Linguists and anthropologists have long recognized
that the forms and uses of a given language reflect the cultural
values of the society in which it is spoken. Linguistic
competence alone is not enough for learners of a language to be
competent in that language (Krasner, 1999).
The National Center for Cultural Competence defines
culture as an “integrated pattern of human behavior that
includes thoughts, communications, languages, practices,
beliefs, values, customs, courtesies, rituals, manners of
interacting and roles, relationships and expected behaviors of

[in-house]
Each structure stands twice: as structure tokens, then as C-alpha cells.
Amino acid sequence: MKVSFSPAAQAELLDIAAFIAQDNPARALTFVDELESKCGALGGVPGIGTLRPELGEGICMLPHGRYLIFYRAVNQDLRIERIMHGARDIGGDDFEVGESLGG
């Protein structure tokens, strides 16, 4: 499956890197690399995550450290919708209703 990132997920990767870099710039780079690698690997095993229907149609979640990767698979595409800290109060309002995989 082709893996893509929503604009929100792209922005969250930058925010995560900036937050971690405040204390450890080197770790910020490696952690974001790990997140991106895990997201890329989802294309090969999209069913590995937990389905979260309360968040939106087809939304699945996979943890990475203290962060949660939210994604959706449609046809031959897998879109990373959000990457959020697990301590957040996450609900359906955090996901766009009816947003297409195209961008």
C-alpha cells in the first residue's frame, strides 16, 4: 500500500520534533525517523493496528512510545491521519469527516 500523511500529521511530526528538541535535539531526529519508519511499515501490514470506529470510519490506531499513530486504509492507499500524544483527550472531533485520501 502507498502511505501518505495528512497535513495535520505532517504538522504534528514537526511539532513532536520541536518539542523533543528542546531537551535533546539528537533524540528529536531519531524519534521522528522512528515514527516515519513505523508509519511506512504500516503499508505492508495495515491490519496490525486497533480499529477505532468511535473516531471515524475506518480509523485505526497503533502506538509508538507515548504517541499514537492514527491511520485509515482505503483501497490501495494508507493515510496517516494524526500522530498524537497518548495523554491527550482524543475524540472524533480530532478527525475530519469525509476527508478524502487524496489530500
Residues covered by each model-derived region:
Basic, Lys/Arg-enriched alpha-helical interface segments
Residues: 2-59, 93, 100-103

a racial, ethnic, religious or social group; and the ability to
transmit the above to succeeding generations” (Goode,
Sockalingam, Brown & Jones, 2000). This means that language
is not only part of how we define culture, it also reflects
culture. Thus, the culture associated with a language cannot be
learned in a few lessons about celebrations, folk songs, or
costumes of the area in which the language is spoken. Culture
is a much broader concept that is inherently tied to many of the
linguistic concepts taught in second language classes.
Through the study of other languages, students gain a
knowledge and understanding of the cultures that use that
language; in fact, students cannot truly master the language
until they have also mastered the cultural contexts in which the
language occurs. Internet: <www.cal.org> (adapted)
According to the text, judge the following items.
In the text, the relative pronoun “which” (L.17) could be
correctly replaced by where.